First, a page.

International Writing Centers Week: When Writing is a Struggle

Next up in our celebration of International Writing Centers Week, we ask our tutors to get real about when writing is a struggle. All of our tutors are talented and experienced writers, but writing still takes work! Here, tutors share what their writing challenges and how they tackle them.

Getting Started and Wrapping Up
Hemingway knows that getting started is hard. Image via Pinterest.

“Starting! I could spend hours agonizing over how to get going on a paper. I remedy this by outlining extensively, so I know what I’m saying and where, and writing a placeholder introduction so that I’m not stressing out about that instead of writing the meat of the paper.” – Abbie, English MA student

“OCD! In ‘academic’ writing, I find myself staving off an initial tendency to make ‘it’ perfect before even starting to draft. Ye olde perfection/procrastination divide factors in….To deal with this, it’s simple (for others, not me): JUST START WRITING. You can cut it later, but the actual process of writing (i.e. conveying your own ideas, materially, to other/s) requires this mediation as its starting point.” -Jimmy, English PhD student

“I absolutely hate conclusions. It’s a rare occurrence if mine are more than four sentences” -Anna, Business Administration BA student

Too Many Words, or Just Enough?

“I tend to write long sentences when I’m trying to figure out my thoughts so I leave time to revise.” -Areti, English PhD student

“I tend to be very wordy in my writing, and I’m fortunate that my journalism studies have helped with this. Though I’m a huge fan of using multiple words where a few would suffice, I’ve trained myself to go back through my writing, and see where I can eliminate wordiness. I also always struggle with ‘into’ versus ‘in to!'” – Lisa, English and Journalism BA student

“I use a lot of dashes and semicolons, and sometimes my sentences get too long. I read those sentences out loud to see if they sound awkward, and if they do, I shorten them.” -Kayla, English BA/MA student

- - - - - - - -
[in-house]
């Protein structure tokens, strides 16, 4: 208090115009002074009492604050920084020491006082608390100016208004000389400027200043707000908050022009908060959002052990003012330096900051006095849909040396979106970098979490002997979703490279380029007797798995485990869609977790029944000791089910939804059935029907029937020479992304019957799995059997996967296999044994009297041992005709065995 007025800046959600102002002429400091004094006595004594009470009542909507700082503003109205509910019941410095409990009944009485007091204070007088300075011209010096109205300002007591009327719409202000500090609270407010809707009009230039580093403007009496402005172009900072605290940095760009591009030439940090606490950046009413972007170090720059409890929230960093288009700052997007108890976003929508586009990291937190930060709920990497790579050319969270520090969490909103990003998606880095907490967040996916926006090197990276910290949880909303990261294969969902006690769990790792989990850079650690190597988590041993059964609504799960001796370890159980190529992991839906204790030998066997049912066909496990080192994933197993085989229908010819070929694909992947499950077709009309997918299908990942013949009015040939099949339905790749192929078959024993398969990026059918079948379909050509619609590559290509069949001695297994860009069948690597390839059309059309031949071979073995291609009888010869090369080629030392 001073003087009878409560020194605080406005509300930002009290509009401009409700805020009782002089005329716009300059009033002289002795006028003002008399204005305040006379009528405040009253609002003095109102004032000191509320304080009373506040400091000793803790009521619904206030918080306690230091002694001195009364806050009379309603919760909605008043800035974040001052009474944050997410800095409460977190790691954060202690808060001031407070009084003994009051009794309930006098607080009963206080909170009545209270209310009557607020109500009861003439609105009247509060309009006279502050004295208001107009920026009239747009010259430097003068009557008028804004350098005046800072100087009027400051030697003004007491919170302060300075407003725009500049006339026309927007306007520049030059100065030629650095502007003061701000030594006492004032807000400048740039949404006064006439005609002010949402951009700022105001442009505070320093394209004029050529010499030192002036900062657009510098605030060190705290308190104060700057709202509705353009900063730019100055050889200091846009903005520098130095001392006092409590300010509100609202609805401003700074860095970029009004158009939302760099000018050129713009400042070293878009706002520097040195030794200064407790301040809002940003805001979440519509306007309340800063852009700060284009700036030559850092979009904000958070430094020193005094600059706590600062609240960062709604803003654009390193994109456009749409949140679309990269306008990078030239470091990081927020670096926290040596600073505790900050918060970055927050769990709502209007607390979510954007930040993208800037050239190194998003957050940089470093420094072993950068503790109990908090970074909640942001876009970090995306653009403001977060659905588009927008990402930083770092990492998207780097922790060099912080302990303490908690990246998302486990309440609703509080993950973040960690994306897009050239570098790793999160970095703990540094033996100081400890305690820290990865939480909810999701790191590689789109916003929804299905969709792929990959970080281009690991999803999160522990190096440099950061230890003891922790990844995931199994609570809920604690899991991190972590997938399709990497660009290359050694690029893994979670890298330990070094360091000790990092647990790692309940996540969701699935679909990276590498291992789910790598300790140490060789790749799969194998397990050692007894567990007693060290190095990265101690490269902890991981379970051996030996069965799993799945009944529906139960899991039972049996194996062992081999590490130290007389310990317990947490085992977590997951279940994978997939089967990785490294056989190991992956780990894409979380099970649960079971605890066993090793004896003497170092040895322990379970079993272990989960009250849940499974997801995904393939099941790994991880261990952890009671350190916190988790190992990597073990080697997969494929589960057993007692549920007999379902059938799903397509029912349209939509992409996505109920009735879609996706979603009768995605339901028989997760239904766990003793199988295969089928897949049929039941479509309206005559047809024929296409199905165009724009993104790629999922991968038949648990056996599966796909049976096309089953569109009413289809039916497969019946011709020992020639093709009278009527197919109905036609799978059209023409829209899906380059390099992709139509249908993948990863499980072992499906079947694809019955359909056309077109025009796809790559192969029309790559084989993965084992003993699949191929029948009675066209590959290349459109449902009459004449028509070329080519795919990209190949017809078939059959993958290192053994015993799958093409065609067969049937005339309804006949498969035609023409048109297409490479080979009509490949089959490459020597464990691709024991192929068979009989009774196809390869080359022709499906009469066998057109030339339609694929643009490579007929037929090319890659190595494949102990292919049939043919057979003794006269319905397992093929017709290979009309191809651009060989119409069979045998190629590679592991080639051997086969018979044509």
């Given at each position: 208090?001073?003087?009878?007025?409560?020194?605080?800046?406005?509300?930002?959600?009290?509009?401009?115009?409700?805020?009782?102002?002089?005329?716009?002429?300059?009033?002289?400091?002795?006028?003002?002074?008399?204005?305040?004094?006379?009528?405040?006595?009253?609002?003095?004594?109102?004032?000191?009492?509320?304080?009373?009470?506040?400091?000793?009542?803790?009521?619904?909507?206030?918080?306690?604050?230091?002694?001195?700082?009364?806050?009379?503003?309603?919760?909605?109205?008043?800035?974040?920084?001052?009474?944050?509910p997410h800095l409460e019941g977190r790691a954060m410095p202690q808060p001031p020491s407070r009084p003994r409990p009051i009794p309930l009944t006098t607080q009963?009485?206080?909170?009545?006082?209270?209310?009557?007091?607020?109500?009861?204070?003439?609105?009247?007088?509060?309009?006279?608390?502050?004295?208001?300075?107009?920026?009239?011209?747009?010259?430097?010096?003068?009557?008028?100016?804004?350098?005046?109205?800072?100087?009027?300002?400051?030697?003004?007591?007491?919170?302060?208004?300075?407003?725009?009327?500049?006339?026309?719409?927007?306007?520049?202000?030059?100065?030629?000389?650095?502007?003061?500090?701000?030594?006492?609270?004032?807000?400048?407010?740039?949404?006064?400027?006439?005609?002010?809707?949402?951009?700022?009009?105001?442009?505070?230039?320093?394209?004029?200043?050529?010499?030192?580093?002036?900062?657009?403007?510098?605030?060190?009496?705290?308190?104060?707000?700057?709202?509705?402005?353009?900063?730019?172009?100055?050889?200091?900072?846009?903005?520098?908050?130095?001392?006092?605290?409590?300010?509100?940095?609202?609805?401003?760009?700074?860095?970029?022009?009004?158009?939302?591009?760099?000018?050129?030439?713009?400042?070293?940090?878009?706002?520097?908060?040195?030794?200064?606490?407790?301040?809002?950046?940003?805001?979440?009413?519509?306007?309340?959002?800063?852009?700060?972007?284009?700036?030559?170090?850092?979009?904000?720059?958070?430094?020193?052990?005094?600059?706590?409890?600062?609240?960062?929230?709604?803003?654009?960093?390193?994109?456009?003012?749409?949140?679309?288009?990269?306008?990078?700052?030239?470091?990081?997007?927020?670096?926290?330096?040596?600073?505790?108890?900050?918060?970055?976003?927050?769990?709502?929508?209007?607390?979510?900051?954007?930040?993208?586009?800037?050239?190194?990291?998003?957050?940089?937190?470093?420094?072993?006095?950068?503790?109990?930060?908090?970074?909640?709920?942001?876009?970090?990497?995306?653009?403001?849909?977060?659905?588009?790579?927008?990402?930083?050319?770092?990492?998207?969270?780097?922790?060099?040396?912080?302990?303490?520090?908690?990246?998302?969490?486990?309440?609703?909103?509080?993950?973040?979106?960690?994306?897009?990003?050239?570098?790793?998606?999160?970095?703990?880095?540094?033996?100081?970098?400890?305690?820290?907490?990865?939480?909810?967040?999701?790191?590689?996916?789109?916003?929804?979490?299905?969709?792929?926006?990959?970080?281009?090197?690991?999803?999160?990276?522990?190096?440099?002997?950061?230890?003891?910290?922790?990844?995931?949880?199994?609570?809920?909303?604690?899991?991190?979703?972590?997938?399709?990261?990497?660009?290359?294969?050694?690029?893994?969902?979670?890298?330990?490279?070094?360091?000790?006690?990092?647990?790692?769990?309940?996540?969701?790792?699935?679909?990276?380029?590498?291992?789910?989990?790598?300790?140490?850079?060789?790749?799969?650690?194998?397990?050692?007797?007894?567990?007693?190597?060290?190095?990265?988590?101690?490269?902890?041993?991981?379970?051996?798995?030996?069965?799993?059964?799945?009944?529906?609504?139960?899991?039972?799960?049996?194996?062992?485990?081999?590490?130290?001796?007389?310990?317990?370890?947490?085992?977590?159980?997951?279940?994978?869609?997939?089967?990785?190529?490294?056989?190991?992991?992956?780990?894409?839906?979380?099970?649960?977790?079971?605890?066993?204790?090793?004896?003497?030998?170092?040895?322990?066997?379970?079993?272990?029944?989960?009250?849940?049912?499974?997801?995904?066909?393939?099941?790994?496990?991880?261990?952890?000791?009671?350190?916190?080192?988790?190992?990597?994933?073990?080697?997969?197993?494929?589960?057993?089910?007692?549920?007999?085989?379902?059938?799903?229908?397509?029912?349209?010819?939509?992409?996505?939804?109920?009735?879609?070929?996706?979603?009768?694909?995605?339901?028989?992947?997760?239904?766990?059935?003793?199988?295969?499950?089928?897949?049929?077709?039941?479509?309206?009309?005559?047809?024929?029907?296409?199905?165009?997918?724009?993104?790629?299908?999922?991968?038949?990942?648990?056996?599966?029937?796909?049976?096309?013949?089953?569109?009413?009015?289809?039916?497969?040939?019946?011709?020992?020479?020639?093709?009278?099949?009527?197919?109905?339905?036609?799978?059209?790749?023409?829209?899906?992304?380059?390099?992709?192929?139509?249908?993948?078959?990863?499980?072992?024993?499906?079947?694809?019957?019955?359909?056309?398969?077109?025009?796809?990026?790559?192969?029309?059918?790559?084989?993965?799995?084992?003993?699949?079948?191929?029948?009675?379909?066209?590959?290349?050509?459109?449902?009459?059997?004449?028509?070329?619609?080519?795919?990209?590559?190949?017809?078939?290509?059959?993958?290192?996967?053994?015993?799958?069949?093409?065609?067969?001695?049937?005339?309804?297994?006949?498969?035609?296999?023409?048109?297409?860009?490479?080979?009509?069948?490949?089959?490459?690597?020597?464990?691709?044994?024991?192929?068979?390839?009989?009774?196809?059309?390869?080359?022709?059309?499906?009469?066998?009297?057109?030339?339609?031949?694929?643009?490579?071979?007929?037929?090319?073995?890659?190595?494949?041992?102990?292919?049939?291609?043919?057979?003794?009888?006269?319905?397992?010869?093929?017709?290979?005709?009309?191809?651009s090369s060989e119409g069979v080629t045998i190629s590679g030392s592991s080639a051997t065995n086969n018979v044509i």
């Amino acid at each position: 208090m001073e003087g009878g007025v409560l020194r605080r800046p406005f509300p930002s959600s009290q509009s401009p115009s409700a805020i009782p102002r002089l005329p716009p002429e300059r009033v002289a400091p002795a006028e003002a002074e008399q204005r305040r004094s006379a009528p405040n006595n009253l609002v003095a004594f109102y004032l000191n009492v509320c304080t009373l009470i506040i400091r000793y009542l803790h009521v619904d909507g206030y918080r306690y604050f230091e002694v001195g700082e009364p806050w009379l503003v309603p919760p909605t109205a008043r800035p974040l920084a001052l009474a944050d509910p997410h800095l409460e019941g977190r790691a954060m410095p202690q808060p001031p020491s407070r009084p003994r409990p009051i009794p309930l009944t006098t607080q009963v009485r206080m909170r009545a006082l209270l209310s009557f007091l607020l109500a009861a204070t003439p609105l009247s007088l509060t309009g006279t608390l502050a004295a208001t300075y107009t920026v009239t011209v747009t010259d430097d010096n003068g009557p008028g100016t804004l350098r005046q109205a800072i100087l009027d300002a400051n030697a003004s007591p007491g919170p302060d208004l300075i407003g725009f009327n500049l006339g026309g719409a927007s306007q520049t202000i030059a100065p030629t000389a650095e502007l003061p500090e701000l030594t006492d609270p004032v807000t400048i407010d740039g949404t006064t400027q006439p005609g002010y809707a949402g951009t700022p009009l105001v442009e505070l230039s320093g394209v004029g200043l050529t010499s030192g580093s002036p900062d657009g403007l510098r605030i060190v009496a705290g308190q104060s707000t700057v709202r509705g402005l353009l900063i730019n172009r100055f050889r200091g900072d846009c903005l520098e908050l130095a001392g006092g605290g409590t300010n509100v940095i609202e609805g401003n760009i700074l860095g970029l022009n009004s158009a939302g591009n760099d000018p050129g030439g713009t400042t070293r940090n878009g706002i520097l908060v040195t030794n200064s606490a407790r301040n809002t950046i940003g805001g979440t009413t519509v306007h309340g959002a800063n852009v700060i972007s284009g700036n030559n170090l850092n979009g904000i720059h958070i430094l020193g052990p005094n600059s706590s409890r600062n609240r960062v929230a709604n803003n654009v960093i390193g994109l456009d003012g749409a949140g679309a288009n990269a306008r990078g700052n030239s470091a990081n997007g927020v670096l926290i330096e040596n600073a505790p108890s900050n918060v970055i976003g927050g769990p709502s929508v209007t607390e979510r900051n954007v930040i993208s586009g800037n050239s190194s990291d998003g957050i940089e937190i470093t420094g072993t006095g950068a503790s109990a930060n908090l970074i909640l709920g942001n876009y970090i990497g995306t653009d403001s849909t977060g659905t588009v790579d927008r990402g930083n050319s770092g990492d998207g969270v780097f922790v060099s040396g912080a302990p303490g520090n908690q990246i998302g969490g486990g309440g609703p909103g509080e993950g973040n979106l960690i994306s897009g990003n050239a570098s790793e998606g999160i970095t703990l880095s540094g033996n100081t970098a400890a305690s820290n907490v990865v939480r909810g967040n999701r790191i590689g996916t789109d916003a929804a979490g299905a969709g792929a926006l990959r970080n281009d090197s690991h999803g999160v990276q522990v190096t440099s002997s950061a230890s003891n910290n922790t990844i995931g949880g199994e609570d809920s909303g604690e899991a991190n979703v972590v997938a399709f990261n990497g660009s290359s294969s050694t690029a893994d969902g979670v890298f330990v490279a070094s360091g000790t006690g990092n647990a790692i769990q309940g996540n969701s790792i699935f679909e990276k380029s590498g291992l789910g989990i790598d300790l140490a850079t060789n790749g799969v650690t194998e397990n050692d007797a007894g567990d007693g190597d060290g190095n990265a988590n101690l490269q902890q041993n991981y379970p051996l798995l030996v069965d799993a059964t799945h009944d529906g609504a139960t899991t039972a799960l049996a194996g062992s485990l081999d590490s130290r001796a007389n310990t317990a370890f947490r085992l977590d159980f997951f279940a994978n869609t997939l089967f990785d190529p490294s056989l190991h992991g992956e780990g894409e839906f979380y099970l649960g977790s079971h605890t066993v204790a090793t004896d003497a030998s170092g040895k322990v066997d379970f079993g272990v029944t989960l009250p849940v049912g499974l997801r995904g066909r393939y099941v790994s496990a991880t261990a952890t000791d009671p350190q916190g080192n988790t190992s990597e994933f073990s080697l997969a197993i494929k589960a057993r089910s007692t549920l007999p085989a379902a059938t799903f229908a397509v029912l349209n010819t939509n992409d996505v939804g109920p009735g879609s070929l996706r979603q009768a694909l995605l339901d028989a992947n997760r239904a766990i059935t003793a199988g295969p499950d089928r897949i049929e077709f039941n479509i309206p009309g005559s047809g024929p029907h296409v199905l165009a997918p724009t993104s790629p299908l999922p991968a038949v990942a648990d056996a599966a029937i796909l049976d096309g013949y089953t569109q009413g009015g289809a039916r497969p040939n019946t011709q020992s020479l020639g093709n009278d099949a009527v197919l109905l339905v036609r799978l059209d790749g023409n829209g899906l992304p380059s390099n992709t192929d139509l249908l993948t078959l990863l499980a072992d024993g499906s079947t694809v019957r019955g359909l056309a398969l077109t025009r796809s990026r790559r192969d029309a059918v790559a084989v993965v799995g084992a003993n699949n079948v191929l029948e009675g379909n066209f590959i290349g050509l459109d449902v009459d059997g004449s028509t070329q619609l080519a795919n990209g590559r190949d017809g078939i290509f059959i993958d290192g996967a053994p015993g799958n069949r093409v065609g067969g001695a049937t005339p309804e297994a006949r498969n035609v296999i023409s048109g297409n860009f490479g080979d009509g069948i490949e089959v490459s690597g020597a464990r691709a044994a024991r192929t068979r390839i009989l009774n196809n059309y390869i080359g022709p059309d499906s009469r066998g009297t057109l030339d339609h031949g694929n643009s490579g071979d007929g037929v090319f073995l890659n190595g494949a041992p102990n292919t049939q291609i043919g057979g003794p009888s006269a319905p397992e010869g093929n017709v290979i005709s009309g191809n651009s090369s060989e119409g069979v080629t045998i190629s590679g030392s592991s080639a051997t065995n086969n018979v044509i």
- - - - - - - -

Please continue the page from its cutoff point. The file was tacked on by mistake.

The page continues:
“Something I’m always mindful of is keeping sentences concise and keeping the reader engaged.” -Zack, English MA student

Connecting Ideas

“Especially when I’m writing about something I’m really interested in, I tend to move from one idea to the next too quickly. Because of this, I try to chart out my ideas before writing, which helps me think each one out thoroughly and establish a good progression of thoughts.” – Ivy, English BA student

“I thought I was really good at writing topic/transition sentences, but recent feedback has said otherwise! I try not to worry about them so much in a first draft, but make sure to spend extra time on them during revision.” -Lauren, English PhD student

The Writing Center-2.jpgCitations and Sources

“Most of my current writing is research based, so it’s easy for me to get caught up in citations and lose my train of thought. I’ve started filling in outlines with cited notes and then going back to weave together the information once it’s all in the right order, rather than trying to write while I’m still incorporating notes from different sources.” -Taylor, International Affairs BA student


“Since starting college, I have gotten worse and worse at writing with a more personal tone! I’ve gotten so accustomed to writing academic pieces that it’s actually very difficult for me to write more informally.” -Aja, Philosophy and Math BS student

Focus and Getting it Done

“The hardest part of writing for me is staying focused! I’m an energetic person, which is great when I can channel my energy into writing, but also means that I get fidgety and distracted more often than I’d like. When I sit down to write, I try to make sure I have everything I need and that I’m in a distraction-free environment.” -Julia, Marine Biology BS student

“I struggle with getting my ideas across. I usually try to take a break from writing for a day or two and come back with fresh eyes. That way I can see some of the points where I lose track.” -Katie, Media Arts BA student


Leave a Reply

Fill in your details below or click an icon to log in: Logo

You are commenting using your account. Log Out /  Change )

Google+ photo

You are commenting using your Google+ account. Log Out /  Change )

Twitter picture

You are commenting using your Twitter account. Log Out /  Change )

Facebook photo

You are commenting using your Facebook account. Log Out /  Change )


Connecting to %s